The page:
Friday, 3 May 2013

The 7 Commandments and The Flying Loutuses


It was 6:00am in Antalya, Turkey and I couldn't sleep. Dreaming of climbing perfect orange and black limestone wasn't  helping my insomnia. I don't sleep much even at home, this can last for days or even weeks, then I'll have one big blow out where I can't stay awake. I relaxed, took deep breaths and watched the Turkish sunrise as I lay in bed. This was one of life's pleasures, today was going to be a good day ... I drifted off to sleep.

An hour later my wife tried to sneak in the bedroom bringing smiles and positivity for breakfast. I knew she was coming, the usual foot dexterity of an elephant with concrete boots on had given it away. I stretched and pretended she had woken me up gently.





I walked outside to stretch by the pool and stare in awe at the morning sun. As I rolled my arms I felt like every bone in my body cracked, a quick roll of the head and the final crack of my neck released a flood of nerves. I'm always nervous before climbing. I'm not sure if its adrenaline, fear, or fear of failure but this was different. Maybe today's  nerves were intuition, maybe they were the result of some obscure quantum theory, maybe good old common sense was niggling at me? I'm not sure but some days just don't feel right from the start.


While my son Jay and I  packed our gear into the hire car we noticed a large grasshopper clinging to the wind-shield wiper. It sat relaxed, as if ready for adventure, it flexed an awesome pair of leg muscles which any would-be climber could only dream of. Strange to look at an insect in such a way but that's the nature of this new-found obsession. My wife began to drive with no concern for this powerful creature, Jay and I wanted to set it free claiming it would lose it's family on the 90 minute drive  to the mountains. My wife claimed it was a male whore who was cheating on his wife and that he wanted to hitch a ride because he needed new women to slay in some far off town. Yes ... this was a real conversation ... and it only got worse.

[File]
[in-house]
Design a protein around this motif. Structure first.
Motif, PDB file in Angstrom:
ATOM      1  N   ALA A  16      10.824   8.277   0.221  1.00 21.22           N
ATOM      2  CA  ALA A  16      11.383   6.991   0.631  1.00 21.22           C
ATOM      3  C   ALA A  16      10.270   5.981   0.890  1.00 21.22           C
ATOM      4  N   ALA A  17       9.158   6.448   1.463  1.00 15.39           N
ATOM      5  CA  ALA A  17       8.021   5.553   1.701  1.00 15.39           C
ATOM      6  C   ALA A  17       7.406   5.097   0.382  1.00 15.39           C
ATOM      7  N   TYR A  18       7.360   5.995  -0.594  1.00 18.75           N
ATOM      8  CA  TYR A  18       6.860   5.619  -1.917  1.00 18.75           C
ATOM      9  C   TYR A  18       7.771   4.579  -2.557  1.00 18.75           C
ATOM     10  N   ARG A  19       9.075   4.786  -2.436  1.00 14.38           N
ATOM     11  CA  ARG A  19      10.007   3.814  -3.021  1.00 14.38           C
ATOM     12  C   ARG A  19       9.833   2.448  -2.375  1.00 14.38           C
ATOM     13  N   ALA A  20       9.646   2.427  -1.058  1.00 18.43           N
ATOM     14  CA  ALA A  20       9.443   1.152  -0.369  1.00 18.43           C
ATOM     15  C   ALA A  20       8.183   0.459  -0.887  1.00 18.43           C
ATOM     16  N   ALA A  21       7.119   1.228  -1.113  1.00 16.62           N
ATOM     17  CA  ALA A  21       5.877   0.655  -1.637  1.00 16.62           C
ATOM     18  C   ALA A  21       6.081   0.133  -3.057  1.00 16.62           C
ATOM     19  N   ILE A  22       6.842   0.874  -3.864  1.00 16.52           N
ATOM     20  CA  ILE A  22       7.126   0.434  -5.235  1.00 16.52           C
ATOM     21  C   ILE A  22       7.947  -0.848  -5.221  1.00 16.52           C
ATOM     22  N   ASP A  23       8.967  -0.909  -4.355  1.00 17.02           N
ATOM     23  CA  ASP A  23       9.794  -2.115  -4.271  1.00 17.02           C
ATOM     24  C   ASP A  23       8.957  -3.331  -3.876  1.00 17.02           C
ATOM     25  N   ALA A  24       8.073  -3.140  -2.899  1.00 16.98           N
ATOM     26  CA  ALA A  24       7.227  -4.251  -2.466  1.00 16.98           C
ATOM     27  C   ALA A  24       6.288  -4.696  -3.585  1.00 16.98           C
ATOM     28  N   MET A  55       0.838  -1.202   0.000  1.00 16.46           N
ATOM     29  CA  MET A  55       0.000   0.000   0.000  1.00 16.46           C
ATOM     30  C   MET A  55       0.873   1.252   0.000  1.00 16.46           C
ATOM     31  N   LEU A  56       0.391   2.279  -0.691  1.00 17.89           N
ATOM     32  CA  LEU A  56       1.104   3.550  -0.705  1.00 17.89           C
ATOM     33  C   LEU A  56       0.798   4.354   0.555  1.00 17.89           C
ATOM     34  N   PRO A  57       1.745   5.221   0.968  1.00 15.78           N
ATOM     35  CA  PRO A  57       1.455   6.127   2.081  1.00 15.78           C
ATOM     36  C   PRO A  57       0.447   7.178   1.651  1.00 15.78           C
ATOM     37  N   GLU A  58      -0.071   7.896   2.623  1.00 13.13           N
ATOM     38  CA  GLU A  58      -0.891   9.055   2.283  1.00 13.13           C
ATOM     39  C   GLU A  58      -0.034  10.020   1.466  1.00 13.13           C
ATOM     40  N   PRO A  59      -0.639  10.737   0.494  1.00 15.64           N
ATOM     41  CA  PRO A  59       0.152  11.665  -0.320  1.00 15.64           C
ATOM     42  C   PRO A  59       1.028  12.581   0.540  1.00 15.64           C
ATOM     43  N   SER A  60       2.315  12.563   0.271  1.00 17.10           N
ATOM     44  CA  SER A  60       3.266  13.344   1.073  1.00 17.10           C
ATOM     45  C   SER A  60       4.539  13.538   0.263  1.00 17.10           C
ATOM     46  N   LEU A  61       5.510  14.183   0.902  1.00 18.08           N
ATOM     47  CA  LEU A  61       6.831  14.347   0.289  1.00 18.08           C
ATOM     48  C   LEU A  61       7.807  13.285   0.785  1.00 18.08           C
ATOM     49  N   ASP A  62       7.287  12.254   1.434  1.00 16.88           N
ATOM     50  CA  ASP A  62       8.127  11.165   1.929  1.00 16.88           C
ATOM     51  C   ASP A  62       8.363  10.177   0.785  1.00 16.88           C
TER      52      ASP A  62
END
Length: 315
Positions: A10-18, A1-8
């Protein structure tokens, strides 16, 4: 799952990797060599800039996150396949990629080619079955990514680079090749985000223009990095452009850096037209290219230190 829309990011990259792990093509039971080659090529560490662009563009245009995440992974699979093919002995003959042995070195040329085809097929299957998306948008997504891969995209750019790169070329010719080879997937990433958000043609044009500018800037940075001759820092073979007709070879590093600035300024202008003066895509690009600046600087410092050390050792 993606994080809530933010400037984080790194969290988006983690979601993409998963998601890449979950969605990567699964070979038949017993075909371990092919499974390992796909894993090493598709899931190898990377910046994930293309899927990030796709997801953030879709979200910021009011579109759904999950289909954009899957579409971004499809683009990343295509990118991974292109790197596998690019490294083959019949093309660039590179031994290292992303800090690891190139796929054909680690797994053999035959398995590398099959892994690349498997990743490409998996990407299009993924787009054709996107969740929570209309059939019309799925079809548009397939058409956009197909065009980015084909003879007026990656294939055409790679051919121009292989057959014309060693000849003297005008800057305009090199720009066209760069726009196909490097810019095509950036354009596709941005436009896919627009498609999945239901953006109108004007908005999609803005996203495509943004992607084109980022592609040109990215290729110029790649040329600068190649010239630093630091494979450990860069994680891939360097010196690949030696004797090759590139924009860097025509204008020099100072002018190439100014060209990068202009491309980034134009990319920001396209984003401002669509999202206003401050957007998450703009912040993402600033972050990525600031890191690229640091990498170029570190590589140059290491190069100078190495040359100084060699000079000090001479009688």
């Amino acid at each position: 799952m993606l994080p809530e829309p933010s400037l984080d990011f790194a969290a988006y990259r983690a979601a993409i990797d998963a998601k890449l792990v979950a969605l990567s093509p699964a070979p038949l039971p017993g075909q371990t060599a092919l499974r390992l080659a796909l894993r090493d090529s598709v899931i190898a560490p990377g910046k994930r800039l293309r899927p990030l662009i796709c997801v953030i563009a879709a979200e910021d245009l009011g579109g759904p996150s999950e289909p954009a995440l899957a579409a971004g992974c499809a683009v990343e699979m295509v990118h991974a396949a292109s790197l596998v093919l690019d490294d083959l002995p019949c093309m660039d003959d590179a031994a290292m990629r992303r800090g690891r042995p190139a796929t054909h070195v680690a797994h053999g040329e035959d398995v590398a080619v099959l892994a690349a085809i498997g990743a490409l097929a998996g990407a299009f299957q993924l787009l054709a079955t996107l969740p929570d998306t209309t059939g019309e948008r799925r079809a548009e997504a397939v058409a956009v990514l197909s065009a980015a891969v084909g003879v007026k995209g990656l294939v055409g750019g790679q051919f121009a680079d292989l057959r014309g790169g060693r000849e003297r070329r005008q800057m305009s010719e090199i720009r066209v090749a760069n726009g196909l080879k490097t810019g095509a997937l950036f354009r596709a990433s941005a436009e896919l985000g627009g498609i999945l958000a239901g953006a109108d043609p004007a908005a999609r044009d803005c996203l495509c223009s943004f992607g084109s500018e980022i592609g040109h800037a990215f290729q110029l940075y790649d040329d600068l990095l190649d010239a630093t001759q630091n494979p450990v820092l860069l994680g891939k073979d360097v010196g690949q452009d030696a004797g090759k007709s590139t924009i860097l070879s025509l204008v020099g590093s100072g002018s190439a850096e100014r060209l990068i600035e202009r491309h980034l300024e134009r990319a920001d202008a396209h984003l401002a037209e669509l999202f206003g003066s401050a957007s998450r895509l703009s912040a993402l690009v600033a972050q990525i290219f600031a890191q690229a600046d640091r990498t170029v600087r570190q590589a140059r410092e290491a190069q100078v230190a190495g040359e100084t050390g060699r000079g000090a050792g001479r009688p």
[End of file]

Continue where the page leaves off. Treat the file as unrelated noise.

Andrea asked " is it a grasshopper? Or a flying Lotus?"
I burst out laughing, "a flying Lotus?"
"Yeah, a Lotus," all the while she's trying to shake this awesome being off by flicking the wiper switch, " You know the flying Lotuses, with God and all that."
More fits of laughter from me, " God and flying Lotuses?"
"Well, Yeah, God  invented the Lotus didn't he?'
"No love that was some bloke from England, you know, the cars in that James Bond films."
"Oh you know what I mean , in the 7 commandments he sent all those flying Lotuses out."
In between tears of laughter I joked, " The 7 Commandments and the flying Lotuses, there must be a story in that somewhere."

1st Commandment ... Thou shalt not dis-respect any creature no matter their size and stature on this planet. 



We arrived in the mountains of Geyikbayiri and were surrounded by Cypress trees and magical limestone caves. Herds of mountain goats were out for morning feeds taking over the roads, but for the hum of air-con and screaming gears from cars scaling steep inclines you could be back in time a 100 years. A chubby, black haired goat stumbled descending a small hill which was pretty comical, it was going to be one of those days.





We got to the Kebab sector ... no I didn't make that up and incidentally if you ever climb at Geyikbayiri I would recommend starting there first.

 We were going to let Jay lead his first ever route. As Jay was gearing up to learn the Sharp End we noticed an old Turkish lady staring at us. She was a goat herder wearing traditional big furry boots, the most intricate  blue flowered  head scarf and matching Mc Hammer trousers. This seemingly fashion faux par has probably been passed down for 3 generations, we were the alien folk around here wearing branded nylon and sparkling climbing gear. She couldn't take her eyes off us but focused mainly on Jay, we could see the confusion in her eye's, this pale skinned, blonde haired kid was about to commit suicide on this rock. Why? Even the old ladies herd became interested in this peculiarity, a procession of single file goats passed us and peered over small boulders to witness the spectacle.



 I was half expecting the old woman to put a curse on us for forcing this child to climb this rock. She kept walking away then peering round the corner as if she couldn't believe her eyes.

 We waited until the audience had left and then started to climb. Jay started well and was leading his first route with ease, everything was going to plan. He got 1 bolt away from the top out and fear (or common sense) got the better of him. Usually I would have encouraged him to carry on but maybe the old woman's eyes were right.